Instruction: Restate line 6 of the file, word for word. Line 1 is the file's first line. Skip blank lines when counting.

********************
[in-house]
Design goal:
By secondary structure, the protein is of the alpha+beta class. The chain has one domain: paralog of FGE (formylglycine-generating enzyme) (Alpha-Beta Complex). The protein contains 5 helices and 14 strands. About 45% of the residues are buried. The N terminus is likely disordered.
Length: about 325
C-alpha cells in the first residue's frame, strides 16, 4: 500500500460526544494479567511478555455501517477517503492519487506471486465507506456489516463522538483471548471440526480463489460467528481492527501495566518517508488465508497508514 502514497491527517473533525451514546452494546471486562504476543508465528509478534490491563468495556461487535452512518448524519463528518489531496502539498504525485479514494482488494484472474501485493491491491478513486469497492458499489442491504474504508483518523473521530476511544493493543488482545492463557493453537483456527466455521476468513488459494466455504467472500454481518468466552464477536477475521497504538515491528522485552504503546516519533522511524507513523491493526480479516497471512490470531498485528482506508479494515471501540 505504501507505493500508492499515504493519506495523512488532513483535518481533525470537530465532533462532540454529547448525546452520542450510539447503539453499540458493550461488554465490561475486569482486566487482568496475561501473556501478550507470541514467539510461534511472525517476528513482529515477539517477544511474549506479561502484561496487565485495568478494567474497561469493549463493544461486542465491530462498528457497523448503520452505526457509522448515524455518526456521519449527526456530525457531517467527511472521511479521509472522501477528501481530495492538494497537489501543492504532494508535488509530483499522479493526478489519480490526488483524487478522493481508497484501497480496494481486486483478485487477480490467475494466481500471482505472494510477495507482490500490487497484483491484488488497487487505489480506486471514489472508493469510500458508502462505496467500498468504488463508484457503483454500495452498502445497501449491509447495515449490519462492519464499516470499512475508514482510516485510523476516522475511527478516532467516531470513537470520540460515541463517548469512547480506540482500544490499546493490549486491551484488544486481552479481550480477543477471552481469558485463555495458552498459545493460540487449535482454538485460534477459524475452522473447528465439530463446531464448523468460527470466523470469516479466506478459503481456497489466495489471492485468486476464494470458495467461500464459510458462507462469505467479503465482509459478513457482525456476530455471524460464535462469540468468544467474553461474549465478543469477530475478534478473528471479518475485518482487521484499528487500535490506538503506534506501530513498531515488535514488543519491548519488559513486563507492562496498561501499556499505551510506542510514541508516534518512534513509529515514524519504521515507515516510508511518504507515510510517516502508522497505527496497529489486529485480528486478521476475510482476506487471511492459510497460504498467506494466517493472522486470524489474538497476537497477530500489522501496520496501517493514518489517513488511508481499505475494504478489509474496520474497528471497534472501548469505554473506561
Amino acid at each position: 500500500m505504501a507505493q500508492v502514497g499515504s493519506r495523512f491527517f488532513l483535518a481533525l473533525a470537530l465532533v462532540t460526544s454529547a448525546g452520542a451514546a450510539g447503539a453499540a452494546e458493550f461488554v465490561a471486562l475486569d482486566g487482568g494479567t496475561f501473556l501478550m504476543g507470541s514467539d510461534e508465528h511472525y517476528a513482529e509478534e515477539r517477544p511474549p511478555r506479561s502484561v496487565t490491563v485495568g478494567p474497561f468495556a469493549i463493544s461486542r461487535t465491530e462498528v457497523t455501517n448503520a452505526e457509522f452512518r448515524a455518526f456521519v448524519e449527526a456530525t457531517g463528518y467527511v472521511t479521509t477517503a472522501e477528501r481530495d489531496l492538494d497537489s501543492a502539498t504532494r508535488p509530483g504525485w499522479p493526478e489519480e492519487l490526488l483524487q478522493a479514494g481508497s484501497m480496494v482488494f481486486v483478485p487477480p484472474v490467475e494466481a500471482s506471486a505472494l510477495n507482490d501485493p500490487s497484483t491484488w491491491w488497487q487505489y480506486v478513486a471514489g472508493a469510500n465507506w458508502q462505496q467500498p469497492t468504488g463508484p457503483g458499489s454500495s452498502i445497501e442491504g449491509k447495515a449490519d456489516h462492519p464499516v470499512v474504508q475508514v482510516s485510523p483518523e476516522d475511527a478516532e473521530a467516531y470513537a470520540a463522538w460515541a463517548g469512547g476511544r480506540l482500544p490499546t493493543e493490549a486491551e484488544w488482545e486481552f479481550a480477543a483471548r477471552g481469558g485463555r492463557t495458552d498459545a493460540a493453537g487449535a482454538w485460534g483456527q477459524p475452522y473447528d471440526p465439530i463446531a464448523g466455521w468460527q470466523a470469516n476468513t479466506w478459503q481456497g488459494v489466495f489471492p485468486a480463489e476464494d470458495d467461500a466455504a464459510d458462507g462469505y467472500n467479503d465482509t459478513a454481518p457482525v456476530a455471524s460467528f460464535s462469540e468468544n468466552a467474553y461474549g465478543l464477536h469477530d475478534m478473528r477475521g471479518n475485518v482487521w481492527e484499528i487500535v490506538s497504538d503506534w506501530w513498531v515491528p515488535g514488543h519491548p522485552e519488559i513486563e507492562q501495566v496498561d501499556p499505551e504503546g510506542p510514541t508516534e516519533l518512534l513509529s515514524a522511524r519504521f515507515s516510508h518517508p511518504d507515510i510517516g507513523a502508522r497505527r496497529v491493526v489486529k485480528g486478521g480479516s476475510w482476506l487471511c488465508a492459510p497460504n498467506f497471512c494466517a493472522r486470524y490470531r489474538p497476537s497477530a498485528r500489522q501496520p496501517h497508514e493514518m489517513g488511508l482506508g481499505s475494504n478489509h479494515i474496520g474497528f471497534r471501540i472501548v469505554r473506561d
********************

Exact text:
Amino acid at each position: 500500500m505504501a507505493q500508492v502514497g499515504s493519506r495523512f491527517f488532513l483535518a481533525l473533525a470537530l465532533v462532540t460526544s454529547a448525546g452520542a451514546a450510539g447503539a453499540a452494546e458493550f461488554v465490561a471486562l475486569d482486566g487482568g494479567t496475561f501473556l501478550m504476543g507470541s514467539d510461534e508465528h511472525y517476528a513482529e509478534e515477539r517477544p511474549p511478555r506479561s502484561v496487565t490491563v485495568g478494567p474497561f468495556a469493549i463493544s461486542r461487535t465491530e462498528v457497523t455501517n448503520a452505526e457509522f452512518r448515524a455518526f456521519v448524519e449527526a456530525t457531517g463528518y467527511v472521511t479521509t477517503a472522501e477528501r481530495d489531496l492538494d497537489s501543492a502539498t504532494r508535488p509530483g504525485w499522479p493526478e489519480e492519487l490526488l483524487q478522493a479514494g481508497s484501497m480496494v482488494f481486486v483478485p487477480p484472474v490467475e494466481a500471482s506471486a505472494l510477495n507482490d501485493p500490487s497484483t491484488w491491491w488497487q487505489y480506486v478513486a471514489g472508493a469510500n465507506w458508502q462505496q467500498p469497492t468504488g463508484p457503483g458499489s454500495s452498502i445497501e442491504g449491509k447495515a449490519d456489516h462492519p464499516v470499512v474504508q475508514v482510516s485510523p483518523e476516522d475511527a478516532e473521530a467516531y470513537a470520540a463522538w460515541a463517548g469512547g476511544r480506540l482500544p490499546t493493543e493490549a486491551e484488544w488482545e486481552f479481550a480477543a483471548r477471552g481469558g485463555r492463557t495458552d498459545a493460540a493453537g487449535a482454538w485460534g483456527q477459524p475452522y473447528d471440526p465439530i463446531a464448523g466455521w468460527q470466523a470469516n476468513t479466506w478459503q481456497g488459494v489466495f489471492p485468486a480463489e476464494d470458495d467461500a466455504a464459510d458462507g462469505y467472500n467479503d465482509t459478513a454481518p457482525v456476530a455471524s460467528f460464535s462469540e468468544n468466552a467474553y461474549g465478543l464477536h469477530d475478534m478473528r477475521g471479518n475485518v482487521w481492527e484499528i487500535v490506538s497504538d503506534w506501530w513498531v515491528p515488535g514488543h519491548p522485552e519488559i513486563e507492562q501495566v496498561d501499556p499505551e504503546g510506542p510514541t508516534e516519533l518512534l513509529s515514524a522511524r519504521f515507515s516510508h518517508p511518504d507515510i510517516g507513523a502508522r497505527r496497529v491493526v489486529k485480528g486478521g480479516s476475510w482476506l487471511c488465508a492459510p497460504n498467506f497471512c494466517a493472522r486470524y490470531r489474538p497476537s497477530a498485528r500489522q501496520p496501517h497508514e493514518m489517513g488511508l482506508g481499505s475494504n478489509h479494515i474496520g474497528f471497534r471501540i472501548v469505554r473506561d